After successful launch, SpaceX works to recover Falcon 9 booster off Brevard coast

Video: Falcon 9 booster makes unscheduled water landing
More than 24 hours after a successful SpaceX launch to the International Space Station, crews are still trying to recover a Falcon 9 booster that made an unscheduled water landing.
But despite missing the mark at Cape Canaveral Air Force Station, the booster is still intact.
There's no official word on just when the recovery might happen, but that hasn't stopped a number of avid rocket watchers from waiting hours hoping see the booster float into port.
Minutes after launching 5,600 pounds of research, crew supplies and hardware the first stage booster was set to touch down on a landing pad.
SpaceX CEO Elon Musk said a grid fin hydraulic pump stalled, but engines stabilized the rocket spin allowing an intact landing in water.
Right now, there's no word on when the booster will be brought to Port Canaveral where SpaceX has a launch support facility.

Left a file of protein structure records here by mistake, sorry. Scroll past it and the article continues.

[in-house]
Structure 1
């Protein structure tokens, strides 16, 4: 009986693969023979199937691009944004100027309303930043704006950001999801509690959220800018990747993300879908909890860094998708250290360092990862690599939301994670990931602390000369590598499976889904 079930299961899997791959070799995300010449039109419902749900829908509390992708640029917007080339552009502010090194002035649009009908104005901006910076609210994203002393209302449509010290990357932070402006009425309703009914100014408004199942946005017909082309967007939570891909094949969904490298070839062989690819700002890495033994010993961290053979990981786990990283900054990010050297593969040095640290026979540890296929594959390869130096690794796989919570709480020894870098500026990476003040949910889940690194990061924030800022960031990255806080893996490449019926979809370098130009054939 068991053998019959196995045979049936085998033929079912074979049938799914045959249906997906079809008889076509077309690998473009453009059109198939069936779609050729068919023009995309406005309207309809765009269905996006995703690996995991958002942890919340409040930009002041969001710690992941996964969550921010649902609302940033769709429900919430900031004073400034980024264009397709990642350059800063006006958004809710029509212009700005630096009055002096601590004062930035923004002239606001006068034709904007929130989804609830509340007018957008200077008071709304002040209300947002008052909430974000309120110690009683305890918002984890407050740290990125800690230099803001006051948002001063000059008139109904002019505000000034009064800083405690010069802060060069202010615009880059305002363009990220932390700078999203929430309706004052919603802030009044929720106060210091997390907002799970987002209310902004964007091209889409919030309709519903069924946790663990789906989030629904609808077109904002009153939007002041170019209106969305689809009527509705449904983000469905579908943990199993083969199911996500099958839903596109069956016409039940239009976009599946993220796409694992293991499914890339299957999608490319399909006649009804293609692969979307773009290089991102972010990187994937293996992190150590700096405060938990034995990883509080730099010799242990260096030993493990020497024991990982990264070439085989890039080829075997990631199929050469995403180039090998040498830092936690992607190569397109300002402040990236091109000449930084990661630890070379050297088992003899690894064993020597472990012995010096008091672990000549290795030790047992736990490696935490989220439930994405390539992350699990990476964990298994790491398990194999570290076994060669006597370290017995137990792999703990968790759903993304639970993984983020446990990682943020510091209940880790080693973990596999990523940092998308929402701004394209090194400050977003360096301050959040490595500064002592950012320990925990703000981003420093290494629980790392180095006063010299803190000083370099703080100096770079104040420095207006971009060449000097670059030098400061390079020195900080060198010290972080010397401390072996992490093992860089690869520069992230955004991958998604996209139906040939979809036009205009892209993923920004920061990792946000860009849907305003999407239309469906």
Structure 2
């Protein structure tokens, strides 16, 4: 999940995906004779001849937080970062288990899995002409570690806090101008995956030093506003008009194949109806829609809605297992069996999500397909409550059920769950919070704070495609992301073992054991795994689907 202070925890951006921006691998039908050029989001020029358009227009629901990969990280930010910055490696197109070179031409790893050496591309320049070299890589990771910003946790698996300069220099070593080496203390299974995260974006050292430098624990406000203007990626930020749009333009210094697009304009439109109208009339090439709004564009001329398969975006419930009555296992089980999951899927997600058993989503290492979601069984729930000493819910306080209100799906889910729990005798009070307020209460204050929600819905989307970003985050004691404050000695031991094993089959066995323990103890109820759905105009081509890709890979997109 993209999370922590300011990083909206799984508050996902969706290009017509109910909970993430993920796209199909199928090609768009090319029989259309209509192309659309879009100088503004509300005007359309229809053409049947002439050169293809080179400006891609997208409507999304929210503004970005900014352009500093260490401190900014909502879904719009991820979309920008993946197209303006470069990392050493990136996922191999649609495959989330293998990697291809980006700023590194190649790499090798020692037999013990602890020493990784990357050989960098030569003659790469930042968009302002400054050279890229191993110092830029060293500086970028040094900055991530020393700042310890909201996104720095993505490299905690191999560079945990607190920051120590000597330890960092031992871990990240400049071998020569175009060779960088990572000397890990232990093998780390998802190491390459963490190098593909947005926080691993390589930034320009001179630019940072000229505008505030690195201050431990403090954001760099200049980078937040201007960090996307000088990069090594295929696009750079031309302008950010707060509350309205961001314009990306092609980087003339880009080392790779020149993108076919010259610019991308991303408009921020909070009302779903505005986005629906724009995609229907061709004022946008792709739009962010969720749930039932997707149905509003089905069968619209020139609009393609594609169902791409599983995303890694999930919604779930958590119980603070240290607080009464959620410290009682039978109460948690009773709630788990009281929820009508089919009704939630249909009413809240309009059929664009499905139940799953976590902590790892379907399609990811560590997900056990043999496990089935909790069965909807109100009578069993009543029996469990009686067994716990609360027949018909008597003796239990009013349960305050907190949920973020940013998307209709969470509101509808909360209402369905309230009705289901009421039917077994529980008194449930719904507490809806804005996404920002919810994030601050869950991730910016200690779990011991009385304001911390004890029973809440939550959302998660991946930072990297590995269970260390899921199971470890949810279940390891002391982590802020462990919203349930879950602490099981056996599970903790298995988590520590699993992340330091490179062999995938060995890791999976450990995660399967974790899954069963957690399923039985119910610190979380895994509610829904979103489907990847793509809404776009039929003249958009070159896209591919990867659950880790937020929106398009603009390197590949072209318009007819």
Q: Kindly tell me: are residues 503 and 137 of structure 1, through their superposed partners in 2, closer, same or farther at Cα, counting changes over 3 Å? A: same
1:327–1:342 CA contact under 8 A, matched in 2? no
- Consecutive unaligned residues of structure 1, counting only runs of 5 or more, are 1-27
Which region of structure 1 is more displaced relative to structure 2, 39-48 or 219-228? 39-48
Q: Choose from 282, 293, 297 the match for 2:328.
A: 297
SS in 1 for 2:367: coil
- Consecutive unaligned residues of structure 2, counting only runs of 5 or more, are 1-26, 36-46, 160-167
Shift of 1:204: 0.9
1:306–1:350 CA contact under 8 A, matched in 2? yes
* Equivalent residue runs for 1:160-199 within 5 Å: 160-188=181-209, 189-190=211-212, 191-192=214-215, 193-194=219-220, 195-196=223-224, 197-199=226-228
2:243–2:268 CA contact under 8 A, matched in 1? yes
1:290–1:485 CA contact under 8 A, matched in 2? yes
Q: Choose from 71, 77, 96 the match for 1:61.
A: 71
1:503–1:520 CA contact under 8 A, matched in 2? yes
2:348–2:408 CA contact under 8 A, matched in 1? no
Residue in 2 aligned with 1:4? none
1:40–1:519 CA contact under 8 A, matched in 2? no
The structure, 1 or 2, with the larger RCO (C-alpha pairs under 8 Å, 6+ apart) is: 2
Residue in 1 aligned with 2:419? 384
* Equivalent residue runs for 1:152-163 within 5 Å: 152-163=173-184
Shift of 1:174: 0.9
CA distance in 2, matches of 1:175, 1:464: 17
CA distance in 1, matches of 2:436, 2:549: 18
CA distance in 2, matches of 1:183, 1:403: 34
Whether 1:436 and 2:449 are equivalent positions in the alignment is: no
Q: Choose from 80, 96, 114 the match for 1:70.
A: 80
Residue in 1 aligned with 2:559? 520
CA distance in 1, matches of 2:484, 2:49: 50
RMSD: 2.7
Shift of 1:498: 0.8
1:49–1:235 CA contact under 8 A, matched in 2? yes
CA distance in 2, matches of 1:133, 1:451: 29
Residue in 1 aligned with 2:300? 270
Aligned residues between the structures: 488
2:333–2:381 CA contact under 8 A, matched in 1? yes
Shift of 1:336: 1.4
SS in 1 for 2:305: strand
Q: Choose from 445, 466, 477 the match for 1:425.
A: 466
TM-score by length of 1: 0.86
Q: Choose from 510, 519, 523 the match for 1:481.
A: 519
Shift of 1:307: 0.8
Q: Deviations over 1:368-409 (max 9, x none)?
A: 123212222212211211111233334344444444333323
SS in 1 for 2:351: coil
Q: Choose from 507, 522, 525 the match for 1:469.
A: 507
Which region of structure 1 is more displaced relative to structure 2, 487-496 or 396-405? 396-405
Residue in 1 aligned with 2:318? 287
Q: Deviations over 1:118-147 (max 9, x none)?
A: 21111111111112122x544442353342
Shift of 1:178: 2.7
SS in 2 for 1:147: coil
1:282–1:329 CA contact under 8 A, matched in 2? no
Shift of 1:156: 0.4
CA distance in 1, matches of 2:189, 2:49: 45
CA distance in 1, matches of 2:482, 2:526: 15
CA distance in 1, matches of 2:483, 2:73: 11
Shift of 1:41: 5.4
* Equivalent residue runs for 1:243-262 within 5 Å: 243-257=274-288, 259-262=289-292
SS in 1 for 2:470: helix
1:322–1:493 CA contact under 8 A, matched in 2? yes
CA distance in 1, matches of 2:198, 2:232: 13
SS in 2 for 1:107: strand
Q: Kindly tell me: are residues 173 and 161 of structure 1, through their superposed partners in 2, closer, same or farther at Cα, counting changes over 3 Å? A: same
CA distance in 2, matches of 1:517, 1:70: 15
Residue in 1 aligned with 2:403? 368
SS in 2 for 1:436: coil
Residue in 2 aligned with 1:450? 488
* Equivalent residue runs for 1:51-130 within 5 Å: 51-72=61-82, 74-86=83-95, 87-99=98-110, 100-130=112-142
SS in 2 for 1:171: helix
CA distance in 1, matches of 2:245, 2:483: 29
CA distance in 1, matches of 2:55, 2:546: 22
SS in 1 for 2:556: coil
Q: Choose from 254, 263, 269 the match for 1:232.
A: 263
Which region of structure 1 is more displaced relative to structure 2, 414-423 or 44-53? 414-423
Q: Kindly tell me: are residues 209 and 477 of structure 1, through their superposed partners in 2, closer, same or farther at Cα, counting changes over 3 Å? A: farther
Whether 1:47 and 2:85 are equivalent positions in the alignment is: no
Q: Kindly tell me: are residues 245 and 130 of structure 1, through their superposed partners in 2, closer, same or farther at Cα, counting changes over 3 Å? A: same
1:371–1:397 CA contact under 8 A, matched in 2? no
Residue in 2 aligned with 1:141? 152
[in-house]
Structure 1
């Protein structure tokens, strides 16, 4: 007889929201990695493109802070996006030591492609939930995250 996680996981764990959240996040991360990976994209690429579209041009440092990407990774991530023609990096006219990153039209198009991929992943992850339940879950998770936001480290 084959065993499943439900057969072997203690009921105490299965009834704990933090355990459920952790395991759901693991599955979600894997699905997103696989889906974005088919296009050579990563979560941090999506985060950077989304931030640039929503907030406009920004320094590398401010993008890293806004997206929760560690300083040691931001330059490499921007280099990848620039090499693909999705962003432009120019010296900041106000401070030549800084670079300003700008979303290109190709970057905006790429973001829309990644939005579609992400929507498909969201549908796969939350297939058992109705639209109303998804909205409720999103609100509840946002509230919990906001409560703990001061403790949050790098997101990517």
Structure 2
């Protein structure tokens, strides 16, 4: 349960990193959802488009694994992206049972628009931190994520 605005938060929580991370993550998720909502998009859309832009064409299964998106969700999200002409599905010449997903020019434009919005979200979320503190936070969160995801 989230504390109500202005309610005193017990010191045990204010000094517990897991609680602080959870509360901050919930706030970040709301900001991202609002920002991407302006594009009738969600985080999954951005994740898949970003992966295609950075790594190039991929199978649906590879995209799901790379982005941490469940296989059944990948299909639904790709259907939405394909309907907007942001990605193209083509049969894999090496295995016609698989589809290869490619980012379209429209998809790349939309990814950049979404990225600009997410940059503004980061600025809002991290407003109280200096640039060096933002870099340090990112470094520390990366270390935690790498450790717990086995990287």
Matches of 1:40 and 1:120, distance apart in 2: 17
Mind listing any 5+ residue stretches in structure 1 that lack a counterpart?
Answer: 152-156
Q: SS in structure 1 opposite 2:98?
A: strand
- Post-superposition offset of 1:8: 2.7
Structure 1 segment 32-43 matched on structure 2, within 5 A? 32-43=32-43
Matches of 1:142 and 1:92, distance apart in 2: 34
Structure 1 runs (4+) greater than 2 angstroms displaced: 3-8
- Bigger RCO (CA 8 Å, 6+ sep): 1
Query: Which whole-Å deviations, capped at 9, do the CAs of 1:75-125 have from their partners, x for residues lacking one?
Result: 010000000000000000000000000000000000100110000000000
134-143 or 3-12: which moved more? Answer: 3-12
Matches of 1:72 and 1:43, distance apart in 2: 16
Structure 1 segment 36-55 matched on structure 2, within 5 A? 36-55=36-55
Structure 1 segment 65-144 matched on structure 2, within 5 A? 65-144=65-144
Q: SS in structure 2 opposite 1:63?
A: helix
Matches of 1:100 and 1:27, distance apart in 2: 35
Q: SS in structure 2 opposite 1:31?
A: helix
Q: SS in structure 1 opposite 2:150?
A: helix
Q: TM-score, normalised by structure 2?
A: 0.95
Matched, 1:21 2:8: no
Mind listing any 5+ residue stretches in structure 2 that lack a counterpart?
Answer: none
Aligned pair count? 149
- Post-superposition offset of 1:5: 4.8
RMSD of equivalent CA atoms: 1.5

The Dragon capsule should reach the orbiting lab Saturday.

CAPE CANAVERAL, Fla. — Tuesday's scheduled launch was delayed after the crews needed more time to replace moldy food bars meant for 40 mice. The mice are part of a research experiment on the ISS.

"The Dragon spacecraft will carry supplies and payloads, including critical materials to directly support dozens of the more than 250 science and research investigations that will worked by the space station’s Expeditions 57 and 58 crews," a news release said. 


NASA said that some of the research heading to the ISS will use microgravity to create a retinal prosthetic to help restore vision to millions of people around the world who go blind due to retinal degenerative diseases.
"The Dragon spacecraft will spend about five weeks attached to the space station. Dragon will remain at the orbital outpost until Jan. 13, when the spacecraft will return to Earth with research and return cargo," the release said.
NASA said it also launched the Global Ecosystem Dynamics Investigation (GEDI) to the ISS, which will create a 3D global map of forests from space to help scientists understand how much carbon is stored in trees on Earth.
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